COLUMBUS, Ohio — Frankie Smith says she was hit hard by the recent AEP Ohio outages and struggled to find a hotel while her power was out last week.
“We were not able to get a hotel the first night because they were all sold out,” she said. “The second night was even more frustrating, but thank God we were able to get a hotel that night. But I’m just blessed everything is over, and hopefully it won’t happen again.”
To get some relief, she was one of the hundreds of people who lined up at IMPACT Community Action Wednesday morning to get a $250 Kroger gift card.
Those cards were provided via money from AEP Ohio. IMPACT leaders say, while they were not given any direction from the power company, they decided it would be most helpful to buy the grocery store gift cards.
However, they ran into another challenge when they discovered only $2,000 worth of gift cards, which amounted to just eight cards in this case, could be purchased at a time. That meant only 50 were available at a distribution event Tuesday night, and only 50 were available Wednesday morning.
“We have taken some of our credit cards from senior staff to go and purchase as many as we can to serve customers, but we really need the bulk purchase,” said IMPACT CEO Bo Chilton.
Leaders were able to eventually get in touch with Kroger corporate and will be able to purchase the rest of the 900 total cards they planned to purchase. So the rest will all be available at the next event, which is scheduled for Monday from 5 p.m. to 7 p.m.
That meant many customers were left frustrated when the cards ran out Wednesday morning, however, And, even though Smith was able to snag one, she still is feeling let down by AEP Ohio.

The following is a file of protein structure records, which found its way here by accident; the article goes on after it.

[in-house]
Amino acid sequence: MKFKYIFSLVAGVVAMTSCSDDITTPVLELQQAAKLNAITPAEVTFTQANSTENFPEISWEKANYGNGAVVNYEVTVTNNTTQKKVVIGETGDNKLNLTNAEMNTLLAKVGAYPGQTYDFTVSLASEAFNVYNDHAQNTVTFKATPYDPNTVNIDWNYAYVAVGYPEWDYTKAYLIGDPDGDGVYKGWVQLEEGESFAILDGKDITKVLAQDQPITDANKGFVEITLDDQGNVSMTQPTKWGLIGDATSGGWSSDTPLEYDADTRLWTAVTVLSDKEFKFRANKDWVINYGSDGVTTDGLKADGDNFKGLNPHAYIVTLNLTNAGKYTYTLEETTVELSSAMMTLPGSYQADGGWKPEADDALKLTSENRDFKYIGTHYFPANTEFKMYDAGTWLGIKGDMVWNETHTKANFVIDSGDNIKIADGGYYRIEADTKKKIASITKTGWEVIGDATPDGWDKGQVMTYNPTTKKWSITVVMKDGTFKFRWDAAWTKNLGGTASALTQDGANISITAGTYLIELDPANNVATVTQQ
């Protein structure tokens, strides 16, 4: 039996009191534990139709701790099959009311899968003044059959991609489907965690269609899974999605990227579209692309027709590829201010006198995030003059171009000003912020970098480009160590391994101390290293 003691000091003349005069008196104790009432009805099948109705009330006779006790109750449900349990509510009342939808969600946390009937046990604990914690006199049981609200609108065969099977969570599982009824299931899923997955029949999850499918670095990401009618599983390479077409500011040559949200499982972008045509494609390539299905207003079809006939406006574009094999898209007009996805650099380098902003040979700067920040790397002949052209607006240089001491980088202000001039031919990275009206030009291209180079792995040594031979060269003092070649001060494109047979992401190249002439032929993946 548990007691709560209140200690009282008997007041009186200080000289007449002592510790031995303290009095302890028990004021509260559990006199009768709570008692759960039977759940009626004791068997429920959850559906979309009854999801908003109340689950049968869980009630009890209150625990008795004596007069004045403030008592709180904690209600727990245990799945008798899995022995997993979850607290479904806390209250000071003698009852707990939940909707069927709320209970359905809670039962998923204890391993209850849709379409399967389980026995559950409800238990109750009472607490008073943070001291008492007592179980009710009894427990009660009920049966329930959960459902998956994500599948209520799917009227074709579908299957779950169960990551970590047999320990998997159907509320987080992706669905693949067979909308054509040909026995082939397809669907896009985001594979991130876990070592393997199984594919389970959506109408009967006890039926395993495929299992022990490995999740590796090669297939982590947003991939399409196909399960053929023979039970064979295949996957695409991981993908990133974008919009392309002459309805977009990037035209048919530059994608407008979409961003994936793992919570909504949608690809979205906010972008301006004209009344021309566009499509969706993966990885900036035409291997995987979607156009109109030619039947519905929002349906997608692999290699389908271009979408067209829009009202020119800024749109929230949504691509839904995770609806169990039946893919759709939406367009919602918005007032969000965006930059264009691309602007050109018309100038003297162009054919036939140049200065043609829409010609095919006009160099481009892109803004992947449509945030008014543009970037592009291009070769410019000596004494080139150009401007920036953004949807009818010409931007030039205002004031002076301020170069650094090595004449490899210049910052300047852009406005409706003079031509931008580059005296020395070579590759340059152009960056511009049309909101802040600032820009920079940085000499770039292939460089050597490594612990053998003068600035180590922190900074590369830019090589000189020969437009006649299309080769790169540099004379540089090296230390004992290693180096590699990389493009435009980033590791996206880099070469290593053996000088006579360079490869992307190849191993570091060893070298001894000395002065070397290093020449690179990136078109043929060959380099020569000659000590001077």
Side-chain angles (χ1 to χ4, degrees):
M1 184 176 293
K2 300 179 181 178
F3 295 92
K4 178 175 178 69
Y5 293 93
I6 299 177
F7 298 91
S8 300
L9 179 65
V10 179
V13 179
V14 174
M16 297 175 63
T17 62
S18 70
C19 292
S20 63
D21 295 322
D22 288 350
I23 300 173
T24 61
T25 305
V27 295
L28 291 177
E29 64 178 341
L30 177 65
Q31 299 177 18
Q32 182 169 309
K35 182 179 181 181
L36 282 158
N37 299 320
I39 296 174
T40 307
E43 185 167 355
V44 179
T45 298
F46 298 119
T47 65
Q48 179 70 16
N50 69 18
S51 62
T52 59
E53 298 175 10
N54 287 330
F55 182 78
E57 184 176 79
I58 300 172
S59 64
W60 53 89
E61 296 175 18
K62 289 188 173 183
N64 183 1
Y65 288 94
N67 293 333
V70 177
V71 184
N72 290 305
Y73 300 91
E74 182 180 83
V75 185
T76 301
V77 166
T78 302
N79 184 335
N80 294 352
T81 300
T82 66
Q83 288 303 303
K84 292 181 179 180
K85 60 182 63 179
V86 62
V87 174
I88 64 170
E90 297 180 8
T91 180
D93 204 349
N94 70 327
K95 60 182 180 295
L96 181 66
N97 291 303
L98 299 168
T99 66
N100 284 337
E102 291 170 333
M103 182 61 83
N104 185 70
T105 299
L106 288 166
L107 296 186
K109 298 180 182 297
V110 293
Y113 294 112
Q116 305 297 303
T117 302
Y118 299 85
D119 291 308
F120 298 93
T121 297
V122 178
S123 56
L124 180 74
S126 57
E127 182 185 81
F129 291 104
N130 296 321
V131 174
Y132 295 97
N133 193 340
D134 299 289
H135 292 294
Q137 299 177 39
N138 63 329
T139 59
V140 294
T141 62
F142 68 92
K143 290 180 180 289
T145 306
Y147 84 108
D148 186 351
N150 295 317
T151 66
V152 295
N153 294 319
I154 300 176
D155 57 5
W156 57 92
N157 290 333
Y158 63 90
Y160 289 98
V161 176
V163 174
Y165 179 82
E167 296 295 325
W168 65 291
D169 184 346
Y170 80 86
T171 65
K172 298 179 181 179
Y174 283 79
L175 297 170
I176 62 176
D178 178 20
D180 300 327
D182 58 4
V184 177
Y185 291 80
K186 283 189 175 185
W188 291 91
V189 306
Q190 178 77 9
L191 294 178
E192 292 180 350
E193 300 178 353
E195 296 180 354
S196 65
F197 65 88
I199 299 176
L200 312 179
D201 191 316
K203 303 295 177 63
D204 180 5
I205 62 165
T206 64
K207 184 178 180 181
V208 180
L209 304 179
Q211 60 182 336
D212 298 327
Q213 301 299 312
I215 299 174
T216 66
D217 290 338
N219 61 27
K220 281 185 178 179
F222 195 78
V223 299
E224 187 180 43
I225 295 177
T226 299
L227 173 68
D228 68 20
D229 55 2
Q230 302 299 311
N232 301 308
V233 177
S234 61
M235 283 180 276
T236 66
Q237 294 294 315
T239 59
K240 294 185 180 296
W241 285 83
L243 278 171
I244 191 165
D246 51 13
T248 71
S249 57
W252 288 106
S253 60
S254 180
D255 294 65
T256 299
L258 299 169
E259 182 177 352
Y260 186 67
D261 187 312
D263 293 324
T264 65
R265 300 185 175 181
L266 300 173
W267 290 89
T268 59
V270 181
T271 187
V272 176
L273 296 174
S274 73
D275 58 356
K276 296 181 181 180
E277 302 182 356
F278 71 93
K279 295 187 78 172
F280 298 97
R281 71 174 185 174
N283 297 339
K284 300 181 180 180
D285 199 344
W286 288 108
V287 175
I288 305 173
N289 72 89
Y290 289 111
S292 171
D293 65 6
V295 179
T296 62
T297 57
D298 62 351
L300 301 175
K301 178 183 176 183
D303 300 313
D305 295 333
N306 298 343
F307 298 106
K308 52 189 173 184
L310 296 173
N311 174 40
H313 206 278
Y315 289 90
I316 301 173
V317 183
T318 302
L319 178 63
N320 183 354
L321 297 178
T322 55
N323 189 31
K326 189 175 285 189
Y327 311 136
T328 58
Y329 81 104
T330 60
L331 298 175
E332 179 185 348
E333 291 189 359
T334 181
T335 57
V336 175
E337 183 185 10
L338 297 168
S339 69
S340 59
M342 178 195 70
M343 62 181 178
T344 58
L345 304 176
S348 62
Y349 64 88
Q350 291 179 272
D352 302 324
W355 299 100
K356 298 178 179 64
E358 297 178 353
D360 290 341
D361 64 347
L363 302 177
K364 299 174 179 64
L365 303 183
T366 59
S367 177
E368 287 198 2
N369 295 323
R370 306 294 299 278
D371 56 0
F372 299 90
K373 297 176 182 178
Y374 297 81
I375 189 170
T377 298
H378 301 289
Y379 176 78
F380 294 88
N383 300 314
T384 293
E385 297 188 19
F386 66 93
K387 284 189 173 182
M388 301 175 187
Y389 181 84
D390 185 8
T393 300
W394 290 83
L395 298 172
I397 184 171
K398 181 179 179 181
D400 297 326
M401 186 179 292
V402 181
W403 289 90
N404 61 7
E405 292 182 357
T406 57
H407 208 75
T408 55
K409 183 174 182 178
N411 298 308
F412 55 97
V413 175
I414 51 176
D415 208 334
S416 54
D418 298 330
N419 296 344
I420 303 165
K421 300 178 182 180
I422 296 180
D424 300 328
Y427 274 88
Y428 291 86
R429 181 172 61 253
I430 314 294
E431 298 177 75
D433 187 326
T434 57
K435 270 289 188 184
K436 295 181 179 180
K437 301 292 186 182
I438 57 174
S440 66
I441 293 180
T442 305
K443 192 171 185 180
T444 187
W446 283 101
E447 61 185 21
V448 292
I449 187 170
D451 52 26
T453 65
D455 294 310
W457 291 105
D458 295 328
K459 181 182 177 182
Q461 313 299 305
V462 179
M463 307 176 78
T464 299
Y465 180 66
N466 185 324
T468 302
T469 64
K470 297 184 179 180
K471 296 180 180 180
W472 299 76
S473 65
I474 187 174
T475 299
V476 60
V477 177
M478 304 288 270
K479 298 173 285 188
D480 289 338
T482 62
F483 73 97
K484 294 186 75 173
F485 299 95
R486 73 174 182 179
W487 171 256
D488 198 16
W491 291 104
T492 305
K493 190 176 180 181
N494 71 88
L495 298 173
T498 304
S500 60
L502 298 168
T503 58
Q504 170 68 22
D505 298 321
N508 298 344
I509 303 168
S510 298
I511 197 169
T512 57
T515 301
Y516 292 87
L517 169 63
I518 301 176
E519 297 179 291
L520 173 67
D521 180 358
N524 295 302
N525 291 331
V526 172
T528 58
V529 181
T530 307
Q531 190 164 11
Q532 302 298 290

“I’m still frustrated with them,” she said. “They’re not on my Christmas list this year.”
10TV took those customer concerns to AEP Ohio, where Jon Williams, managing director of customer experience and distribution technology, answered them.
“Logistics are difficult no matter what, but (these non-profits) are gearing up, they’ll be able to meet the need,” he said. “Those agencies are very adept at getting dollars to customers in need.”
AEP is distributing $1 million to four local agencies – IMPACT Community Action, LifeCare Alliance, Mid-Ohio Food Collective and Columbus Urban League.
But there has been frustration, both from customers and from the non-profits themselves, about the onus being placed on those distributing and receiving help, rather than on AEP Ohio.
“I know people are upset,” Williams said. “I know they’re upset about being outaged. And certainly that is not something that we hope anybody has. Last thing we want to do is outage a customer for any reason.” Williams also pointed out that there is $2.7 million in help available from the company’s Neighbor to Neighbor program. But those who qualify must have an outstanding balance and make less than 300% of the federal poverty level. People also have to be AEP Ohio customers and the grants would be up to $500.
And when questioned about the company’s response to the outages overall and the criticism about communication to customers about the situation, Williams says policies and procedures will be reviewed, pointing out that PUCO is looking into the situation as well.
“We always have plans to do better overall,” he said. “Looking under every stone, always do better, no question.”